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Associations between Changes in Abdominal and Thigh Muscle Quantity and Quality

KUK, JENNIFER L.1; CHURCH, TIMOTHY S.2; BLAIR, STEVEN N.3; ROSS, ROBERT4

Medicine & Science in Sports & Exercise: July 2008 - Volume 40 - Issue 7 - p 1277-1281
doi: 10.1249/MSS.0b013e31816a2463
BASIC SCIENCES: Original Investigations

Background: Computed tomography (CT) images at L4-L5, T12-L1 and the midthigh are commonly used to assess abdominal adiposity, liver fat, and muscle quantity (mass) and quality (lipid), respectively. Unknown is whether abdominal skeletal muscle (SM) at L4-L5 or T12-L1 can also be used to reflect thigh SM quantity and quality, which is often considered the criterion measure. Also unclear is whether changes in thigh SM quantity and quality are reflected by corresponding changes in abdominal SM quantity and quality.

Purpose: We examined the associations between abdominal SM and thigh SM quantity and quality in overweight/obese postmenopausal women before (n = 125) and after (n = 86) a 6-month exercise intervention trial.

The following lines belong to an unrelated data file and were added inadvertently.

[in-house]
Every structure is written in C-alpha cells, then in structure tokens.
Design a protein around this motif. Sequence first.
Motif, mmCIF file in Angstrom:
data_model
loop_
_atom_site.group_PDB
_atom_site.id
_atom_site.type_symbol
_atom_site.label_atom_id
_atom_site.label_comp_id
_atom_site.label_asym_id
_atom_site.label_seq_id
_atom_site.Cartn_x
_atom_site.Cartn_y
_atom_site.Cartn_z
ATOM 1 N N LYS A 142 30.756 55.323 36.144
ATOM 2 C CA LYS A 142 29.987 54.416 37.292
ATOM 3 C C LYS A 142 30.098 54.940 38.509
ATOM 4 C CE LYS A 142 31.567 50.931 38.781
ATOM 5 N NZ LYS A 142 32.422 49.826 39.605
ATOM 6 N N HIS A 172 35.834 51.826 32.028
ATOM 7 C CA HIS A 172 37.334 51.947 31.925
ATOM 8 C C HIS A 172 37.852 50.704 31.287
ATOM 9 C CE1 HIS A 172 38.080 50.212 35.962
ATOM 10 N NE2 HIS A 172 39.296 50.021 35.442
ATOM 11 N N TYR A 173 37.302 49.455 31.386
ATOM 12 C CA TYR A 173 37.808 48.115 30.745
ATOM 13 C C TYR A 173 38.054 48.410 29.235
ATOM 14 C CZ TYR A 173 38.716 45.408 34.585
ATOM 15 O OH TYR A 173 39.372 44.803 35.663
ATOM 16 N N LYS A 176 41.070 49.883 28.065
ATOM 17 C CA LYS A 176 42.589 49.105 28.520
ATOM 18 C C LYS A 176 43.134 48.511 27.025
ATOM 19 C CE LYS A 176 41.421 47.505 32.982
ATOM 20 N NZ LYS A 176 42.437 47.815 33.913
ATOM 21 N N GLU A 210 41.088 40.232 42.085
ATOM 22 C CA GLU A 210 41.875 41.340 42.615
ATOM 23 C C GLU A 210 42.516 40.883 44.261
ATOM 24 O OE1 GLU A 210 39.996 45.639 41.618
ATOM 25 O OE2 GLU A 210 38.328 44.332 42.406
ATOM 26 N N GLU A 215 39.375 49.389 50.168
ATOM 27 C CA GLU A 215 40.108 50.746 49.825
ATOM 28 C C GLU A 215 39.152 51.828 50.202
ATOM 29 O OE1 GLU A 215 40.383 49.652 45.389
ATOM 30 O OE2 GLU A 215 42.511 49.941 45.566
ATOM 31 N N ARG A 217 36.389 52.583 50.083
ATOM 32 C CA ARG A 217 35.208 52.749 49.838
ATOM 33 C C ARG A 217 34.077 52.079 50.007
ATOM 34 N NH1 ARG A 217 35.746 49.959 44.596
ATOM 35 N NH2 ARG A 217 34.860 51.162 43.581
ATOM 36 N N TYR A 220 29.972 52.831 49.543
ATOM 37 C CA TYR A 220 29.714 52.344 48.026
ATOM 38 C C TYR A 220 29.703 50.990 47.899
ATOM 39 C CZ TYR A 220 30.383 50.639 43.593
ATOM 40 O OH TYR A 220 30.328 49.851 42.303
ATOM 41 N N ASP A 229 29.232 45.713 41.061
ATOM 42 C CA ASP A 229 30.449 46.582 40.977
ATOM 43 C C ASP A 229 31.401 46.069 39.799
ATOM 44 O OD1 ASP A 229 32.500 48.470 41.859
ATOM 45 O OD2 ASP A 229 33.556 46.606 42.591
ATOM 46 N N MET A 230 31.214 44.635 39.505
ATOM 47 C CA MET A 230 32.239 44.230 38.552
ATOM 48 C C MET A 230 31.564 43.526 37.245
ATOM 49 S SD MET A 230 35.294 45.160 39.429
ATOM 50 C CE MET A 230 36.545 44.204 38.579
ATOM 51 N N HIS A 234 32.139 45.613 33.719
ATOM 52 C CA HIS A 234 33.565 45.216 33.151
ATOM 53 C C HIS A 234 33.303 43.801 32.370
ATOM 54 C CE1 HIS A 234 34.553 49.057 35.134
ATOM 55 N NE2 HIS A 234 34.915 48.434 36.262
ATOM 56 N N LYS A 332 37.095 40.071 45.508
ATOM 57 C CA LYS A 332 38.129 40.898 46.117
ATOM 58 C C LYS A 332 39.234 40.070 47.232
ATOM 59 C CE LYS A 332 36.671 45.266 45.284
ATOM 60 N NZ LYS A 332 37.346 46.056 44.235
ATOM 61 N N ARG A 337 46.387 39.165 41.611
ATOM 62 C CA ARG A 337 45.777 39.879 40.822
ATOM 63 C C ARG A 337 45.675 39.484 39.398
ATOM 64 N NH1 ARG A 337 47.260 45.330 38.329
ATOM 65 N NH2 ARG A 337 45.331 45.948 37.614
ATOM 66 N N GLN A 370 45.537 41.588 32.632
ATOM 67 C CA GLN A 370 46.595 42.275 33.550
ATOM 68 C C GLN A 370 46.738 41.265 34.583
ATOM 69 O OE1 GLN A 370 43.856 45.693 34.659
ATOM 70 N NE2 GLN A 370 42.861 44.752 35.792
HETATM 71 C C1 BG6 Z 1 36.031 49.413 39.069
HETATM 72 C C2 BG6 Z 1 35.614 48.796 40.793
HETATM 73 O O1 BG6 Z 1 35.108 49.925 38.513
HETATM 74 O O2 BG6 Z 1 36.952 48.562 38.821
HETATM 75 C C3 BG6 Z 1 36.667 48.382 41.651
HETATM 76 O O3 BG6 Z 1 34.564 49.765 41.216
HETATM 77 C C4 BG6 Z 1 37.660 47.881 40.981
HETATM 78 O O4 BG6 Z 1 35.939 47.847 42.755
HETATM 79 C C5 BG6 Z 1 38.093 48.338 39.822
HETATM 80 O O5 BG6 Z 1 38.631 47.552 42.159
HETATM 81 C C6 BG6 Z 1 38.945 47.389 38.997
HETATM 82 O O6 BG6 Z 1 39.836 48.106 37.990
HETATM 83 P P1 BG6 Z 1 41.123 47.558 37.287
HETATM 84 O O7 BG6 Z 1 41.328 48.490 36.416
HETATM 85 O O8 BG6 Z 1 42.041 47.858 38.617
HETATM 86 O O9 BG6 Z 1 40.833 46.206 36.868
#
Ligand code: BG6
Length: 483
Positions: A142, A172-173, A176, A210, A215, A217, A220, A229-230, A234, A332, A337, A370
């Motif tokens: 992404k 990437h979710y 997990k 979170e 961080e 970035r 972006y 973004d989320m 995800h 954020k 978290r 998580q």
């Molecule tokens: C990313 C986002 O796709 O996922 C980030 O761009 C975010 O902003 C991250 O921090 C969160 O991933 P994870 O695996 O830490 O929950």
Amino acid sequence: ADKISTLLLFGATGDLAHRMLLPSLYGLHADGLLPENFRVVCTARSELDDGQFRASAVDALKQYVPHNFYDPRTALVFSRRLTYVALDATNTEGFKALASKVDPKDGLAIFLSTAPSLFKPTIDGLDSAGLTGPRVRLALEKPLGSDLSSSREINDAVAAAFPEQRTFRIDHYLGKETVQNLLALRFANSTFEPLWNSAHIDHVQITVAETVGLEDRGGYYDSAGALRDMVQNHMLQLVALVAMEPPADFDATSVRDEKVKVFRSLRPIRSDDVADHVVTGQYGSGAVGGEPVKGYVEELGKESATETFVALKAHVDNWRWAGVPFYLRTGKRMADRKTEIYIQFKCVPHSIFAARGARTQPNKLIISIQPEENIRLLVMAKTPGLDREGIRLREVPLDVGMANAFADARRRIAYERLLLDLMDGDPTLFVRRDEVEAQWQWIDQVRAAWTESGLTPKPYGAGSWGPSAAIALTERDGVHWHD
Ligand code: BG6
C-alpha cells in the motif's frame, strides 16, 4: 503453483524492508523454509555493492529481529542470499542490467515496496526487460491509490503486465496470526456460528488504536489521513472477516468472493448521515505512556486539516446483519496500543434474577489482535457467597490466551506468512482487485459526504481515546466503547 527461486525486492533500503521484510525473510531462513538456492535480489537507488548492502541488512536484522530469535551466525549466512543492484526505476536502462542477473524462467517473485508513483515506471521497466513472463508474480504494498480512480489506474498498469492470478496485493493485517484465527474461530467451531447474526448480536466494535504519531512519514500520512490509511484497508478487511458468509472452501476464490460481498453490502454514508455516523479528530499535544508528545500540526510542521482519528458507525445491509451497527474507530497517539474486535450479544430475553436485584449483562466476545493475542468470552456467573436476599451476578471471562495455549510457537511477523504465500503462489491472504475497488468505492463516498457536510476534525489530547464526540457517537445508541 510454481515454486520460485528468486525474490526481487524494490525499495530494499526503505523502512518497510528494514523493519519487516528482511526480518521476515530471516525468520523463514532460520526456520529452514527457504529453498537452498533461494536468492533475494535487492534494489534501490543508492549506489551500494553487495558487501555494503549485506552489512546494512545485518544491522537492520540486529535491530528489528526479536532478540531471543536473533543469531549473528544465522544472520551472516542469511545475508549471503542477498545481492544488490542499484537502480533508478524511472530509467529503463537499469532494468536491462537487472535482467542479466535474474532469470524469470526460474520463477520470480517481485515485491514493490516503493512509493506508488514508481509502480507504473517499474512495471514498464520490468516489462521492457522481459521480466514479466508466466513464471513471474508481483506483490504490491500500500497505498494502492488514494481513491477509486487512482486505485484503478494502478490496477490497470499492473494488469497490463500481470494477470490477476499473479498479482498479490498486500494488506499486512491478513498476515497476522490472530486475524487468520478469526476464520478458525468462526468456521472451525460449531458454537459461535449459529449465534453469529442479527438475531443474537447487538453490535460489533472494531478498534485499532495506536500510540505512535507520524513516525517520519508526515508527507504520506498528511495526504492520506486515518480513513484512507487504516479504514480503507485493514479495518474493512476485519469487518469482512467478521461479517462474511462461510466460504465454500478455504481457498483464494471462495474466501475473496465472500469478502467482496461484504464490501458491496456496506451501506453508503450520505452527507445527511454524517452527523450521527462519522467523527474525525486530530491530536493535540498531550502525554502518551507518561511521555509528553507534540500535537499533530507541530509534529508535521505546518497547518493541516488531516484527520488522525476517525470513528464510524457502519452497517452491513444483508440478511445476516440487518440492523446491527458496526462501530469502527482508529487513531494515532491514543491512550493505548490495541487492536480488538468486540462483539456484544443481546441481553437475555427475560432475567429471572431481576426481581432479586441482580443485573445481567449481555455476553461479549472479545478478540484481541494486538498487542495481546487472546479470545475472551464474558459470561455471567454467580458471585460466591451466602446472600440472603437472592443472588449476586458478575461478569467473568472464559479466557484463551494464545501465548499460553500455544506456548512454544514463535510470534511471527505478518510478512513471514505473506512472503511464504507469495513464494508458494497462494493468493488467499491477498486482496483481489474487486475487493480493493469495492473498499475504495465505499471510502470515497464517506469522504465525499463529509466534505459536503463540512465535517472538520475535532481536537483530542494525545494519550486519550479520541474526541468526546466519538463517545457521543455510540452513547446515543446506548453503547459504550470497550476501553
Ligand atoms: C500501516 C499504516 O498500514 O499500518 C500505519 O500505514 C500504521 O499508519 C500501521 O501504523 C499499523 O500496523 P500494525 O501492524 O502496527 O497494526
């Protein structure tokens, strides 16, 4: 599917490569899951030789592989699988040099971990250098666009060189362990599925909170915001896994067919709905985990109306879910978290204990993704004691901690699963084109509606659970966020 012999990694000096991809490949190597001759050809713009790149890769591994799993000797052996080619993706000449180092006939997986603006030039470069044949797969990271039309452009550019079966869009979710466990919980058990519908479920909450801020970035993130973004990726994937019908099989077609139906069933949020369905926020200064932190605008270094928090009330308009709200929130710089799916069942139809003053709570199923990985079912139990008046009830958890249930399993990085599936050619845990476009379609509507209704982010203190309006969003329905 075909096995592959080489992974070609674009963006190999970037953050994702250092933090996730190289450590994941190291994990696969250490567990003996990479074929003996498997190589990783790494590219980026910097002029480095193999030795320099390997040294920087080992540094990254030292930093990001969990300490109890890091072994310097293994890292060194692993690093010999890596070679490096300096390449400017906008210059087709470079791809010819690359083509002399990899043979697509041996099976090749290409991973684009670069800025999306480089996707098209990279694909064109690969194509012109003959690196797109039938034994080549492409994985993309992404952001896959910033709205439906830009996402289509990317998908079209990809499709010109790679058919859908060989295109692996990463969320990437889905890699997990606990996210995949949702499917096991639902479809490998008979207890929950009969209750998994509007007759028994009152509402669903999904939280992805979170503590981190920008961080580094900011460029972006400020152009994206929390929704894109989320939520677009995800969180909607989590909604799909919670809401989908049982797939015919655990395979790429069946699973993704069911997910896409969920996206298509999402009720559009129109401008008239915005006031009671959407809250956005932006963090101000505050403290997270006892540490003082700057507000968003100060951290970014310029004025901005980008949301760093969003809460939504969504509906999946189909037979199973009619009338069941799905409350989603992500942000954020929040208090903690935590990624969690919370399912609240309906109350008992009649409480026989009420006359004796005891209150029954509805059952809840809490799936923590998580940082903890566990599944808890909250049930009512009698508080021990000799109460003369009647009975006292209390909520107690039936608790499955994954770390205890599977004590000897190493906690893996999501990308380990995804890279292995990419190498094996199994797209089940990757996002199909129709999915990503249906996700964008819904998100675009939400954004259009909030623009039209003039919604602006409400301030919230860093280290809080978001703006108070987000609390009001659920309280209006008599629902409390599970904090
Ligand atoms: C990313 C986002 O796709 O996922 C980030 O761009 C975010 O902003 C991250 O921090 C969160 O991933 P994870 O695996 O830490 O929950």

Methods: CT was used to assess muscle quantity and quality at the midthigh, L4-L5, and T12-L1.

Results: At baseline, abdominal SM quality was significantly associated with thigh SM quality at L4-L5 and T12-L1 (R2 = 0.22 and R2 = 0.37, respectively; P < 0.01). Similarly, at baseline, abdominal SM quantity and quality was significantly associated with thigh SM quantity at L4-L5 and T12-L1 (R2 = 0.37 and R2 = 0.48, respectively; P < 0.01). Changes in thigh SM mass were marginally associated with changes in abdominal SM at T12-L1 (R2 = 0.08, P = 0.01) but not at L4-L5 (P > 0.10). Changes in thigh SM quality were associated with corresponding changes in abdominal SM quality at both L4-L5 and T12-L1 (R2 = 0.43 and R2 = 0.73, respectively).

Conclusions: Measurements obtained from a single CT image taken within the abdomen are moderately correlated with measures of thigh SM quantity and quality at baseline. Changes in thigh SM mass are poorly tracked by changes in abdominal SM. However, abdominal SM does provide comparable measures of muscle quality change.

1School of Kinesiology and Health Science, York University, Toronto, Ontario, CANADA; 2Laboratory of Preventive Medicine Research, Pennington Biomedical Research Center, Louisiana State University System, Baton Rouge, LA; 3Department of Exercise Science, Arnold School of Public Health, University of South Carolina, Columbia, SC; and 4School of Kinesiology and Health Studies, Queen's University, Kingston, Ontario, CANADA

Address for correspondence: Robert Ross, Ph.D., School of Kinesiology and Health Studies, Queen's University, Kingston, Ontario, Canada K7L 3N6; E-mail: rossr@post.queensu.ca.

Submitted for publication November 2007.

Accepted for publication January 2008.

©2008The American College of Sports Medicine